Willeden Whitfoot rose from his chair to come around the desk to shake Frodo’s hand. At first he couldn’t speak, and he realized Frodo wouldn’t, that he’d said all he could or would. He took Frodo’s hand and held it--and suddenly was embracing him, and Frodo hugged him--briefly--in return.

“Whatever happens, Frodo--you are still one of the best the Shire ever produced.”

“Thank you, Will,” the soft reply came.

And then Frodo was pulling away, gave him the tiniest of nods, and was leaving. Brendi would come to collect what was needed, but for now most of it remained on Will’s desk, except for the will, the deed to Bag End, and the document of adoption, all of which Frodo took with him.

Will watched as Frodo paused before going through the door for the briefest of moments, saw Frodo roll his shoulders under the saddlebags he carried and straighten himself, and step through it, never to return.

Will retreated to his chair, turned it away from the documents on the desk and the door, and sat in it, drained and full of grief.


“Hello, Frodo.”

Frodo turned to see Narcissa Boffin behind him. How many must I see anyway? How many times must I have my heart torn in two? Gently he responded, “Hello, Narcissa.”

“You look quite well today.”

Oh, if you only knew how it really was. “I fear the looks may be deceiving. What are you doing here in Michel Delving?”

“Came to have Mum’s will signed by Will Whitfoot. You?”

“Much the same--updating mine one l--once more, getting some other business done.” He looked at her, saw again the scene in his vision, of Brendi as bridegroom, Narcissa as bride, Fosco serving as the family member closest to the bride seeing her safely conducted into her new family, Aragorn as the one performing the ceremony.

“Will you be giving your birthday party next week?”

“No, I will see--a cousin I’ve not seen in a while.” But I could have had you as my wife--for a time.

“Oh, I’m sorry. Do you wish to join me for dinner tonight at the inn?”

What would it have been like, had I taken you as wife? Would the influence of the Ring have remained with me to destroy our ability to love one another? “I would like to--but I cannot. I must go home tonight.”

“Perhaps next week, then, back in Hobbiton.”

“Don’t count on it, Narcissa. I collapsed at dinner the other night.” He searched her eyes. Can I tell you where I must go? Can I tell you that I probably wouldn’t live more than a few weeks at best if I stay--that I might not live past that anyway? “I doubt I have much time in any case.”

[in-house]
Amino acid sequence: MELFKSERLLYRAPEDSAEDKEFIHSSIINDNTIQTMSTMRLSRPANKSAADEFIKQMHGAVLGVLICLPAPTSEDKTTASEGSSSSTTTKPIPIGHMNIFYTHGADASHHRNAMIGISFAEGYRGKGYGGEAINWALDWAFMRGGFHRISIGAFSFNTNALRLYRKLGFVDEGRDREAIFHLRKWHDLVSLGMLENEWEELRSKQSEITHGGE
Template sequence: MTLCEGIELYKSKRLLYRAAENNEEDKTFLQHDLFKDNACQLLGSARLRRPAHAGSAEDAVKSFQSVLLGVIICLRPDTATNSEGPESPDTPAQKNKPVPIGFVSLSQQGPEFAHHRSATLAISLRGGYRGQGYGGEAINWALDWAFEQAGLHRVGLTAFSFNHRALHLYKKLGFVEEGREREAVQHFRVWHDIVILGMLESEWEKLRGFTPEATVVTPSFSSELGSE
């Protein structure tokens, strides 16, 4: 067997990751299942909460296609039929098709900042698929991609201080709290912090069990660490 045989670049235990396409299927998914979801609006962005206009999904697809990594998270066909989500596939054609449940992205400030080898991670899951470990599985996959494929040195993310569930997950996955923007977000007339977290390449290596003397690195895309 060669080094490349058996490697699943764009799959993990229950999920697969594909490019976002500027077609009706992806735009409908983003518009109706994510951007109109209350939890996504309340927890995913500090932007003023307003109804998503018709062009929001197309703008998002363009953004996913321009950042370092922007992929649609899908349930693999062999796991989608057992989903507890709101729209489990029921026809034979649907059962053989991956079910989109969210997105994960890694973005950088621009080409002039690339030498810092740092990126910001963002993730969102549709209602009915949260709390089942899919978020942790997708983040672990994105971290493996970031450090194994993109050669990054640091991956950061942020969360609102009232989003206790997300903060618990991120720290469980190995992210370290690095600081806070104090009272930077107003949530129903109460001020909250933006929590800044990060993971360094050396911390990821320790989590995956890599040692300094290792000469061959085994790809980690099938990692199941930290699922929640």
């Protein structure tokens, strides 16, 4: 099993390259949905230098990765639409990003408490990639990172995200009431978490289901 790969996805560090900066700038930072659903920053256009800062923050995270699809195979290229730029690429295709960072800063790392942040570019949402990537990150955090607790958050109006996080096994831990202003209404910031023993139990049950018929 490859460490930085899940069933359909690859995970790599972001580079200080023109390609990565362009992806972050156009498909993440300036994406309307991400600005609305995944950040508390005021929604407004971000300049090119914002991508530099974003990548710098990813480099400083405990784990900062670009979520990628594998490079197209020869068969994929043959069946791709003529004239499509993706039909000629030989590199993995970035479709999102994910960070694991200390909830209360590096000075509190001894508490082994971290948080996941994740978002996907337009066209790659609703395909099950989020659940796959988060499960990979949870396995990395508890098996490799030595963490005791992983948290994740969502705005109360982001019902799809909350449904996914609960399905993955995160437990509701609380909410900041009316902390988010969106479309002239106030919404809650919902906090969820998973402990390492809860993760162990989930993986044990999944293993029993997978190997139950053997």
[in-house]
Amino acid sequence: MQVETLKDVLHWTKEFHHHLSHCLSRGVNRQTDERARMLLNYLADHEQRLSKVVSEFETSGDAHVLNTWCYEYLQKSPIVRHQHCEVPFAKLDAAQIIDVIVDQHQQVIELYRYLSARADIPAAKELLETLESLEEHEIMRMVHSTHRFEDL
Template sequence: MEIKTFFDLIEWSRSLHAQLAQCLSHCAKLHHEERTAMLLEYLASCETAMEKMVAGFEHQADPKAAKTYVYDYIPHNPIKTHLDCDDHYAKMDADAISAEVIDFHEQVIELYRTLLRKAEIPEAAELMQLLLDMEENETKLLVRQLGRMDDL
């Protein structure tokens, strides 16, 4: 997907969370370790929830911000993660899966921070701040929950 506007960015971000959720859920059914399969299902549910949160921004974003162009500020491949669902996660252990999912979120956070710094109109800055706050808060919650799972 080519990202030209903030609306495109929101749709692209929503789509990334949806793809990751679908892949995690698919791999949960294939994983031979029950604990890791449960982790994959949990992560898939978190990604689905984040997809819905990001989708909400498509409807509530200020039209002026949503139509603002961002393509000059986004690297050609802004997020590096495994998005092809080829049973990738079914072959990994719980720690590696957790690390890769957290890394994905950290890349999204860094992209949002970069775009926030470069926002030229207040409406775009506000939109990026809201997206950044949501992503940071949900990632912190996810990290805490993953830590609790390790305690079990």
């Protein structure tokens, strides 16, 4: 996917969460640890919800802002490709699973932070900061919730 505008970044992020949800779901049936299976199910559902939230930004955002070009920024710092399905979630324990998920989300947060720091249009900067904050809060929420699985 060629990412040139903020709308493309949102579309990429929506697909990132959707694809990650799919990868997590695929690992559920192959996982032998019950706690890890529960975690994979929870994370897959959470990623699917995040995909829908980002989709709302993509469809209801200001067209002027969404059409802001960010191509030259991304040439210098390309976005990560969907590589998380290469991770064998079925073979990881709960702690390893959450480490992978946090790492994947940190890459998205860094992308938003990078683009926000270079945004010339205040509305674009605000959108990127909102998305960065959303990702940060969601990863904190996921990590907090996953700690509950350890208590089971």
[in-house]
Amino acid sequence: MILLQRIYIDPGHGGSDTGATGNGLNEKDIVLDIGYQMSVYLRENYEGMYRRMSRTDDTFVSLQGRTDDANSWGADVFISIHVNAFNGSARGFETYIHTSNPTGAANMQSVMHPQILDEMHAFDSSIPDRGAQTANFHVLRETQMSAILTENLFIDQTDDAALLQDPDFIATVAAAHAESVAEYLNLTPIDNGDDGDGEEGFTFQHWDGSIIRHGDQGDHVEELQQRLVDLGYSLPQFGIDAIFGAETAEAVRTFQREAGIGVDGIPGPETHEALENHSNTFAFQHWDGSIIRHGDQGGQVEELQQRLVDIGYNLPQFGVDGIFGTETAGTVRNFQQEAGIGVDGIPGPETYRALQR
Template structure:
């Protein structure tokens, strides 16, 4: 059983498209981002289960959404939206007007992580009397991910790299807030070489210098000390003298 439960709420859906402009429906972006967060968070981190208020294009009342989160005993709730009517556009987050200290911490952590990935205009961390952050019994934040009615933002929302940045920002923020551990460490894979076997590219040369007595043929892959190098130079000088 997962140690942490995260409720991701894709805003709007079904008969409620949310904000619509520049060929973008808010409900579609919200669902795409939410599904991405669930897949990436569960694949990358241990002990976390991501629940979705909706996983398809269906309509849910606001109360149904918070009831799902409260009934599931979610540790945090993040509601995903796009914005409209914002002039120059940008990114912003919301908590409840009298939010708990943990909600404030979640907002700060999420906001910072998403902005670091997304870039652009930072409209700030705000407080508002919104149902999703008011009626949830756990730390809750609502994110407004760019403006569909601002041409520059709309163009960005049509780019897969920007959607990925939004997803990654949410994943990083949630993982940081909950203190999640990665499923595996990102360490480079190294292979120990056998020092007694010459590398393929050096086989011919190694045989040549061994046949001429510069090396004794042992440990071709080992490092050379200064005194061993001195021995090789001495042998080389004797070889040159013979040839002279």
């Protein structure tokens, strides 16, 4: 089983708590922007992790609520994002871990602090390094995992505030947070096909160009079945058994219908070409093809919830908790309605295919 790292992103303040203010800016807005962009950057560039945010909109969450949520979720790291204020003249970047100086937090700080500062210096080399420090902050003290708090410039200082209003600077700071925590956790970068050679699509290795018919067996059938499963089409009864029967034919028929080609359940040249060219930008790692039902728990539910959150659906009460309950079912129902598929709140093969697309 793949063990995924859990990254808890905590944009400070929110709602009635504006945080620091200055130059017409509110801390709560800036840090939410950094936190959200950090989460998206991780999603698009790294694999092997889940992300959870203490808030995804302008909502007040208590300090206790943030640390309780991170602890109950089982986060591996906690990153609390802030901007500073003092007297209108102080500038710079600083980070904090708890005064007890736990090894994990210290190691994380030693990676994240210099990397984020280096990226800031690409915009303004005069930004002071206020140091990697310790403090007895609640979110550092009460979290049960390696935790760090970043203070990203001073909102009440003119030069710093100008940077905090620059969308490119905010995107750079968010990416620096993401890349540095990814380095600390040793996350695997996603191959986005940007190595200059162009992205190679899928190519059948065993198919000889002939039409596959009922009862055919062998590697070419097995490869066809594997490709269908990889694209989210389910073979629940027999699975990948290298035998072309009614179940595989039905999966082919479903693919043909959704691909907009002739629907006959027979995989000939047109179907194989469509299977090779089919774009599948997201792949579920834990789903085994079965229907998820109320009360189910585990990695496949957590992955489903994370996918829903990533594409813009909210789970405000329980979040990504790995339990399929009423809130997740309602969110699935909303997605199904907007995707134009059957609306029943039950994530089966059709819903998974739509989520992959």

She was shocked. “But you----”

Oh, Narcissa--it is now far too late for me, but you can still know happiness--here. You can still know the joy of love, of a family. He considered for a moment, then his lips twitched slightly as he thought, In a way I can give you children, although not in the same manner in which Sam gives them to Rosie. Would you mind if they come to you slightly grown? Finally he said softly, “I regret you just arrived as I must leave. I wish you joy, Narcissa.” For you can know it--here, in Middle Earth--with Brendi, with Fosco, with Forsythia, with whatever children Brendi might give you. Yes, I wish you joy. I truly wish you joy.

He turned away then, toward the stables, his saddlebags over his shoulder.

But he didn’t make it that far.

“Oh! Frodo! Mummy--it’s Mr. Frodo! Oh, Gamma, you didn’t tell me Mr. Frodo was here!”

Frodo closed his eyes, and automatically he raised his face to the sky.

Ah, Iorhael--they deserve to be able to see you one last time, to know they saw you before you left.

But again my own heart is being torn in two.

You think that theirs are not going to also know pain? They would feel intense regret for not having seen you that one last time, for not having the chance to express their love for you. Then after a moment, At least when you go aboard that ship you will be able to take the memories of those who look on you with love.

Frodo took a deep breath and straightened, turned to force a smile. “Hello, Mina, Aster, Dianthus,” he said.

Dianthus was bouncing with excitement. “Oh, Frodo--I’m so glad. You must come back to the house with us--I just made some brambleberry tarts all by myself--and they’re good! Please say you’ll come!”

He couldn’t deny those eyes or the pleasure in the eyes of the two ladies, and in moments he was being dragged toward the Whitfoot house. Dianthus was full of delighted chatter. “I have two hens now, not just one--two hens and a rooster. Do you have a rooster, Frodo? Did you ever have one?”

“No,” he said, as he was led into the house and down the passage toward the kitchen. “I would help care for the poultry at--at Brandy Hall at times, but that’s the closest--to having chickens of my own. But the rooster--would peck at all who came near save for Aunt Menegilda.”